1) What MachineHeadFred stated - scoring. The problem is, soccer fans see the beauty in how the game is played. A 0 - 0 game can be one of the most exciting I've ever seen if there's clever play, great runs, great chances, good on-the-ball play, etc. For the "other sports" fan, that can't be appreciated... in fact, it's boring.

The same kind of argument can be said about baseball: I find it extremely boring. Yet I find soccer incredibly exciting. What's the different between seeing a pitcher throw a baseball to a catcher and a game where the ball is nearly always in play?

2) The MLS level of play. It's absolutely no where near EPL (English Premier League) play. That being said, how many of you all who have ragged on soccer have watched some of the best EPL teams play? It's not like it gets much time on Sportscenter. And you need to wake up early on Saturdays to catch some live games (typically) on FSC.

I think the negativity surrounding soccer has been ingrained in folks; those who like to hate on the game will never give it a second chance. Because it's fun to rag on soccer.

Not everyone who questions the Paulson stadium deal hates soccer. World Cup soccer is kind of fun to watch. Blowing $30 million (most of which is taxpayer money in one form or another) to chop up the stadium and wreck it for baseball is not fun to watch.

"Parking around the stadium has been at "a saturation point" for fifty years. " True statement. I had a friend who lived on Main Street just above the Mult. Athletic Club back in the 70's. When a game was going on the nice quiet west hills neighborhood was turned in to a parking lot. The locals hated it.

Actually, soccer does suck. It's boring to play and worse to watch. Blowings tens of millions in taxpayers dollars to facilitate it really sucks.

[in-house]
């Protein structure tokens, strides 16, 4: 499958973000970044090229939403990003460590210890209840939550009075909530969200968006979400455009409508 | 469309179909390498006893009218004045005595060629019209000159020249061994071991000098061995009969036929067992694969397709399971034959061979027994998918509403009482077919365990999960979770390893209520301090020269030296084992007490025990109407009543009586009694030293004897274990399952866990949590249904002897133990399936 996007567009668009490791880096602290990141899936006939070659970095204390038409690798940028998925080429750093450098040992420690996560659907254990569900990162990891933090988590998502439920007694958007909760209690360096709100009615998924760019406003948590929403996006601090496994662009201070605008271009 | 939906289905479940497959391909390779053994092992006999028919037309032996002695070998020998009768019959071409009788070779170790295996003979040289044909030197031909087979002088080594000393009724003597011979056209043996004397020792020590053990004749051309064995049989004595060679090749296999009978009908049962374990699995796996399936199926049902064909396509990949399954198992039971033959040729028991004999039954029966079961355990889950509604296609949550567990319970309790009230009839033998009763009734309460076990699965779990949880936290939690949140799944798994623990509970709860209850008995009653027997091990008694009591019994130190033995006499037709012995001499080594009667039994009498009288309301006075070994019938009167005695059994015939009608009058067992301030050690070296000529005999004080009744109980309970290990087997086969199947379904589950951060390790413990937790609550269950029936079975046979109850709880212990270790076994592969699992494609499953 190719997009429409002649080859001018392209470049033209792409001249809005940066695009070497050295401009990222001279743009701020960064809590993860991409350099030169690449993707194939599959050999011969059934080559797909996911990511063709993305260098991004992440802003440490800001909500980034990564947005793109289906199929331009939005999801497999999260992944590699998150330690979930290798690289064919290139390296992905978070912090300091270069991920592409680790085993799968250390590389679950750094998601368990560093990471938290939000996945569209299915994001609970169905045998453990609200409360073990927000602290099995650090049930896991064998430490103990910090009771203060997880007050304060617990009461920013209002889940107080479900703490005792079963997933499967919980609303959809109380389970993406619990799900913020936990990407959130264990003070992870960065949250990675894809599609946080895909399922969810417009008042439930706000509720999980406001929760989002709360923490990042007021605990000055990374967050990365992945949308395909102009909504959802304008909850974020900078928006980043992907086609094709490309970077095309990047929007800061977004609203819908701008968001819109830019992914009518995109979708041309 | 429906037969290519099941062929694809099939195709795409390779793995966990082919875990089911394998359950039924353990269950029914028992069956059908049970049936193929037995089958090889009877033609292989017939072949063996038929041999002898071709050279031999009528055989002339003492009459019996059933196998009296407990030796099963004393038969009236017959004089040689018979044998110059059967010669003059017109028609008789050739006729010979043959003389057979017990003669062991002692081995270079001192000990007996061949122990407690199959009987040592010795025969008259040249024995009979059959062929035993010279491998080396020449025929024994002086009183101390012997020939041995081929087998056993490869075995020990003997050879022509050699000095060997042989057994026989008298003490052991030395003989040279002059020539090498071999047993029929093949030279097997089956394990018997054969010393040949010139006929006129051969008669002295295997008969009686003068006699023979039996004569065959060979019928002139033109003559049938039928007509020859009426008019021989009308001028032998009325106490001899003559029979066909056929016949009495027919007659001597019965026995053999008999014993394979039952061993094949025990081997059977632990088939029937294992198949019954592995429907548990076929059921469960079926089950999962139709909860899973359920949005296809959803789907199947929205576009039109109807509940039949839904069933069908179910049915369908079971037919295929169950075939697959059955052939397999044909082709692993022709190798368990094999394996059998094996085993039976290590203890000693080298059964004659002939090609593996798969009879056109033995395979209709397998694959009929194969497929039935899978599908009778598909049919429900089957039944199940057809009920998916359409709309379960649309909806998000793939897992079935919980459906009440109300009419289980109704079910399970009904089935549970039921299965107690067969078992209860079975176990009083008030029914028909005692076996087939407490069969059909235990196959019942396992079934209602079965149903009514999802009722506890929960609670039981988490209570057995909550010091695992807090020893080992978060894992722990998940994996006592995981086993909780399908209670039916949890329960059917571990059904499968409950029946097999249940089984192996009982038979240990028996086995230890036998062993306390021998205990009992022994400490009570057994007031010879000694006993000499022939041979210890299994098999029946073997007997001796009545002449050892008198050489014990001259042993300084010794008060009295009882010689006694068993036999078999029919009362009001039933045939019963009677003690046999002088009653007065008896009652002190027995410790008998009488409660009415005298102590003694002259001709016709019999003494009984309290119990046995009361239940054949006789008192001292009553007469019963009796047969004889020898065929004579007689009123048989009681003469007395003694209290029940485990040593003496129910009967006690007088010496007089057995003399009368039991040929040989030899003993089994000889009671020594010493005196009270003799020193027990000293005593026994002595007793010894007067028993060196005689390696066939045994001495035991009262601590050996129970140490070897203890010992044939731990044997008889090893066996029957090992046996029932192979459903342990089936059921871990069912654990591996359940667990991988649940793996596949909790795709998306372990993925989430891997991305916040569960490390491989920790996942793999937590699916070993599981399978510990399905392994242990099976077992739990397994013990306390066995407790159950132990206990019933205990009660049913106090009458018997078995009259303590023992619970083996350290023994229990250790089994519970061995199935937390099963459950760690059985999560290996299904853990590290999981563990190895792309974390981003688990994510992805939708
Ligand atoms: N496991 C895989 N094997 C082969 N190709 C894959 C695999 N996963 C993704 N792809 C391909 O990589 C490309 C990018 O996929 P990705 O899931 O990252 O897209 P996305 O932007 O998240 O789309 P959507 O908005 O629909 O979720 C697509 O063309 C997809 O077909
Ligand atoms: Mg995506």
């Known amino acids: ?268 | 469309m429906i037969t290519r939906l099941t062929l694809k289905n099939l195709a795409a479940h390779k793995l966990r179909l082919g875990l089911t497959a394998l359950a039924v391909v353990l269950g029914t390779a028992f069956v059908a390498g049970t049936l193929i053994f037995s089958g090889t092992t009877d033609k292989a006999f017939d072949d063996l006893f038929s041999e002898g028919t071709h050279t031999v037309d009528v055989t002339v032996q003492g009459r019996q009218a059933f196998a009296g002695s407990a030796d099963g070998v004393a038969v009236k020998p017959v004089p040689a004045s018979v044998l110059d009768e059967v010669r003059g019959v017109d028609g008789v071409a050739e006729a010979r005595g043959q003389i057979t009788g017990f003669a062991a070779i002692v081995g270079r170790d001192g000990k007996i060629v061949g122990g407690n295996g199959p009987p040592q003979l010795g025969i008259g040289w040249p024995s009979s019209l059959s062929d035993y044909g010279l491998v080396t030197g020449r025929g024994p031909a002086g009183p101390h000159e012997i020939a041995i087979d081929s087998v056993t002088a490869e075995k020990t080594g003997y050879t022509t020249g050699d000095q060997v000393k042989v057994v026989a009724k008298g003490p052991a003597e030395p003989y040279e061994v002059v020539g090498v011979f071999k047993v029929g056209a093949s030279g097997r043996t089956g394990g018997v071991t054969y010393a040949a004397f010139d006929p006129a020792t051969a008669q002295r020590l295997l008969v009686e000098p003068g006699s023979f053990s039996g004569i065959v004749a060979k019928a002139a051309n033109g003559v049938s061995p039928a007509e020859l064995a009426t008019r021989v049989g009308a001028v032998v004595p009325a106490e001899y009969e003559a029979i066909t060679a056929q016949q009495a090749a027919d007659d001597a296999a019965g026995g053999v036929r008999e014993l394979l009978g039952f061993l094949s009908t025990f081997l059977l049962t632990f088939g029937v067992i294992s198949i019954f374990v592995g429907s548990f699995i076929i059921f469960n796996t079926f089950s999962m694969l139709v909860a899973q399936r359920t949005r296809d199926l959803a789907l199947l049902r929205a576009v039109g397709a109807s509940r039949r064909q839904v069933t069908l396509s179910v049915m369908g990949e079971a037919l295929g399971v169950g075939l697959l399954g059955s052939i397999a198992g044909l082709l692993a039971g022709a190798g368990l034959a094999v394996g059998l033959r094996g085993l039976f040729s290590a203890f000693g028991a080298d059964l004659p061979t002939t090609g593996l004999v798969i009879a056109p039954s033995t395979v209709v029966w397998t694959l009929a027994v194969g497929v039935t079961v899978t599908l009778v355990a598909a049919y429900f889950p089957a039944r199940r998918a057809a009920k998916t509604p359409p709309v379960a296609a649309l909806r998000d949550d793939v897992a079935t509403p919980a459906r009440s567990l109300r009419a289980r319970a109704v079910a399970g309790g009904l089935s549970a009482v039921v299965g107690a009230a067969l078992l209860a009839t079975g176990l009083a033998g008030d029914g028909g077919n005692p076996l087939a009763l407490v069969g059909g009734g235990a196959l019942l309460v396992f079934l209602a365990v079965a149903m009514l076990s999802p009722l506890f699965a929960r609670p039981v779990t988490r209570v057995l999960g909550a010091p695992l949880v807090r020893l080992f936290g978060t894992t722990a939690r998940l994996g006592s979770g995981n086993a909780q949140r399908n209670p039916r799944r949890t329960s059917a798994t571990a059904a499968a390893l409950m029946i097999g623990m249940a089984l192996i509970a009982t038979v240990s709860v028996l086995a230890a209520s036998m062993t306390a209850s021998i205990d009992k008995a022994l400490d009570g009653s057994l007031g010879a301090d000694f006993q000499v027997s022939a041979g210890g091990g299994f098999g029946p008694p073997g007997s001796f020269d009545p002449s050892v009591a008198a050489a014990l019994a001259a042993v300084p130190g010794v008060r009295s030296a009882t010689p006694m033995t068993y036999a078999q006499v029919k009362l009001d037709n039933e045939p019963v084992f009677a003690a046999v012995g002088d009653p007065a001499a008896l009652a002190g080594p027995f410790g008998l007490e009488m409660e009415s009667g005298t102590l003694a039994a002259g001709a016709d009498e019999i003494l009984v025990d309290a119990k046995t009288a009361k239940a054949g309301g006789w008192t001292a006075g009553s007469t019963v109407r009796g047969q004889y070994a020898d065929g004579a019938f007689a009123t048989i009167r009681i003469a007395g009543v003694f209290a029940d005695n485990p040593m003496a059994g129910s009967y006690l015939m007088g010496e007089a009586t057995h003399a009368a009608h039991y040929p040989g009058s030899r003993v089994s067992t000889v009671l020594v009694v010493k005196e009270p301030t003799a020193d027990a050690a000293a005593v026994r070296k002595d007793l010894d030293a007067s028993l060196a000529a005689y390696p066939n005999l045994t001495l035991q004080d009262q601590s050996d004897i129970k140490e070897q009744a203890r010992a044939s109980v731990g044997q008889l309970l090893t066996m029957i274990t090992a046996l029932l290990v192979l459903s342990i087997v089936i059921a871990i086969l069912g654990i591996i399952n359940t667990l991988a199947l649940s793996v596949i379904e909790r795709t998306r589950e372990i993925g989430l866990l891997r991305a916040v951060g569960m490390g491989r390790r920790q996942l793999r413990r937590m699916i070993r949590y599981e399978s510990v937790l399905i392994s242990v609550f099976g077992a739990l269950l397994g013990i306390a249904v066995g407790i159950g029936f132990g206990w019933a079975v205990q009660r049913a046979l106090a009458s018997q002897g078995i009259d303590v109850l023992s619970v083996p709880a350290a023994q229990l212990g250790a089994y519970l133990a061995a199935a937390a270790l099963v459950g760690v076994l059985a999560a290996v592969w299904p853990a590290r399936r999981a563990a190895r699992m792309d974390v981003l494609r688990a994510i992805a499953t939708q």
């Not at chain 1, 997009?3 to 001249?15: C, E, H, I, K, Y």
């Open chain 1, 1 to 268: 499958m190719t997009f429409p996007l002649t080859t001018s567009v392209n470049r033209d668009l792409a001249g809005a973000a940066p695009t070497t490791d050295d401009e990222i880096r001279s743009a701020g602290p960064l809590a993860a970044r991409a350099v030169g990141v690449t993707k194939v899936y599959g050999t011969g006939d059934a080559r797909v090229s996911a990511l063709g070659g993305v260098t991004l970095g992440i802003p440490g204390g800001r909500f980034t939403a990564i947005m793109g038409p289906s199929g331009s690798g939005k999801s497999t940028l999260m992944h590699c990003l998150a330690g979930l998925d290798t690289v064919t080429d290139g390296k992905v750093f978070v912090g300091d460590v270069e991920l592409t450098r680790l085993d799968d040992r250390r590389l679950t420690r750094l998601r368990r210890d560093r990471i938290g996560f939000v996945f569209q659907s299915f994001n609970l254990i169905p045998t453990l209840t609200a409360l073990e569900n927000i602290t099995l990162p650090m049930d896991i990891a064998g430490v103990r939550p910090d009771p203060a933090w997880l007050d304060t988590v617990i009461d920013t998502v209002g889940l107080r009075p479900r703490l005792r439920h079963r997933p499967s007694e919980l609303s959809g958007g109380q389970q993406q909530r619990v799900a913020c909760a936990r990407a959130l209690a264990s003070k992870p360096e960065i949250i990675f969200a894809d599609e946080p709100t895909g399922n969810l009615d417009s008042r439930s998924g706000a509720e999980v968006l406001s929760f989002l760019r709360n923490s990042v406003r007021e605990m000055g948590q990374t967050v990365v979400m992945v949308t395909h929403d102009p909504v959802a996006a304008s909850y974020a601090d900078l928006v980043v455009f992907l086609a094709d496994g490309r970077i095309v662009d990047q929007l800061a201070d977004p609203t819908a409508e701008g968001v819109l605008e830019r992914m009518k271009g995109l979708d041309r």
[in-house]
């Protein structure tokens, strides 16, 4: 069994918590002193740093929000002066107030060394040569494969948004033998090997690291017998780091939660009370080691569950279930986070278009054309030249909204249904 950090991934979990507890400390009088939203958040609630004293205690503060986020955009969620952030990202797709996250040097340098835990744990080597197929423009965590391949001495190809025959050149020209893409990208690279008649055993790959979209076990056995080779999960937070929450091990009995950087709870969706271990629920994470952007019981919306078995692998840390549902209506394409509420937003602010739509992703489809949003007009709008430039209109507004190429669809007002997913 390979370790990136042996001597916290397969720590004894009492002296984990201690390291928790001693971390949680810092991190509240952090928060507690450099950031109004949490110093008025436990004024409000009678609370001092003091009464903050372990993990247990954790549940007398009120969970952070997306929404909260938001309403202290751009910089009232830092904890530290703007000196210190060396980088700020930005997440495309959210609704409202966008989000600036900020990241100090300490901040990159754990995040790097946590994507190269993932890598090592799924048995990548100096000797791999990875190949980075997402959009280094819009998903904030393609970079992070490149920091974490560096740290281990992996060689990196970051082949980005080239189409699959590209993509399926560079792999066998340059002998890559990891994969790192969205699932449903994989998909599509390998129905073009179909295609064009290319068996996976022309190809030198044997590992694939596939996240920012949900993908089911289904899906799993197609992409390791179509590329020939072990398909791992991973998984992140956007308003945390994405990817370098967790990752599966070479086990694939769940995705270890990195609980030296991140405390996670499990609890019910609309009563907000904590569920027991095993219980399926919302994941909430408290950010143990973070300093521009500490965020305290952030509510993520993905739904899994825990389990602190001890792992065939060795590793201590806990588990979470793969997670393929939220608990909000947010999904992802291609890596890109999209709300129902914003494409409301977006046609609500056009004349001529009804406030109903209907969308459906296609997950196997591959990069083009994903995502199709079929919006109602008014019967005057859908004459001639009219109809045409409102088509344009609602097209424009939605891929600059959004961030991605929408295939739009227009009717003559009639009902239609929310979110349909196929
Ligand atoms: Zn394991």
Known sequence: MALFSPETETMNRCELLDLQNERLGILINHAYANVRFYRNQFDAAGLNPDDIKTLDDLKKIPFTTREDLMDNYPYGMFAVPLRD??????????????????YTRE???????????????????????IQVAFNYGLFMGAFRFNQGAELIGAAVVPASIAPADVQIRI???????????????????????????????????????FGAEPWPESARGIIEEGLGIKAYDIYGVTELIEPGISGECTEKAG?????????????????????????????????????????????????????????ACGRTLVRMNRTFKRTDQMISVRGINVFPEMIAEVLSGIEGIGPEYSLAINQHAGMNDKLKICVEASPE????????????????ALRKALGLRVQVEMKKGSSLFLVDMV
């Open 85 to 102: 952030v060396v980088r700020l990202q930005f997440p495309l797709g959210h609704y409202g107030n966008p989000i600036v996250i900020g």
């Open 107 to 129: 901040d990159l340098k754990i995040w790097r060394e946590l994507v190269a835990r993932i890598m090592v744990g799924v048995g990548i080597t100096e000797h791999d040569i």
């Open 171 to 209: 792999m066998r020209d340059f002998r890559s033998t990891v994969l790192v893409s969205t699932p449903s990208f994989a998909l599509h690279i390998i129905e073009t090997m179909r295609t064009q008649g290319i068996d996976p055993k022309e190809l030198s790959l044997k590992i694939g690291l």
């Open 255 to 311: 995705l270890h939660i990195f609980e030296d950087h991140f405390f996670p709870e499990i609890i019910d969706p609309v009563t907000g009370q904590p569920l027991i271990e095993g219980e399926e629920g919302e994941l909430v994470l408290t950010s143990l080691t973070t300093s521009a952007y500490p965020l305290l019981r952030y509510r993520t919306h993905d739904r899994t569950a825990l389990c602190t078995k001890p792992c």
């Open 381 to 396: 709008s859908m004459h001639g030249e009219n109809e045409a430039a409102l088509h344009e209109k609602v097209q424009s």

I agree, Jack, but I think the majority that do oppose the stadium "upgrade" oppose it because it's being "upgraded" for soccer.

dg - soccer has at least 90 minutes of actual play. Football only really has ~11 minutes of play. How much actual game time miniutes did the Super Bowl have? 14:


In any case, I'll get off the "soccer doesn't suck" pedestal...

Soccer is great to play when you are 7 years old...but then you grow up and want to play real sports. Soccer DOES suck!

Isn't Little Lord Paulson's comment exactly what people were saying in the 70's about the NASL?!

And about the comment that soccer has "90 minutes of actual play." Have you ever actually watched a game? Most of it is just passing around the ball and long kicks going no where.

And about the comment that soccer has "90 minutes of actual play." Have you ever actually watched a game? Most of it is just passing around the ball and long kicks going no where.

Im not a soccer "fan" by any means, (I prefer college football) but I think soccer is more fun to watch than basketball, particularly the NBA.

Let me clarify: spending taxpayer money to facilitate "pro" sports (any of them) sucks. If the big boys want their stadiums, let them build them. Then I don't care if nobody comes.

On soccer: I'm a pretty big sports fan. I played soccer when I was younger. I know lots of people who played. I can only think of one who remains a soccer fan. There's a reason soccer is not more popular in the US - we have better sports to watch. So, there!

Football only really has ~11 minutes of play. How much actual game time miniutes did the Super Bowl have? 14:

You're misapplying a statistic to a fundamental misunderstanding of why people watch football. It's not only for the times when the ball is in play.

In soccer, the ball is in play most of the time, but the majority of that time, *nothing is happening*. Players move into and out of position, then it starts all over again when possession changes. Many suggest that there's about 10 minutes of actual play, with 80 minutes of players simply jogging back and forth around the field.

Just like American football.

A more accurate comparison would be basketball, the #1 sport in the world (nope, it's not soccer). More people play and watch basketball than any other professionalized sport, and it's growing every year.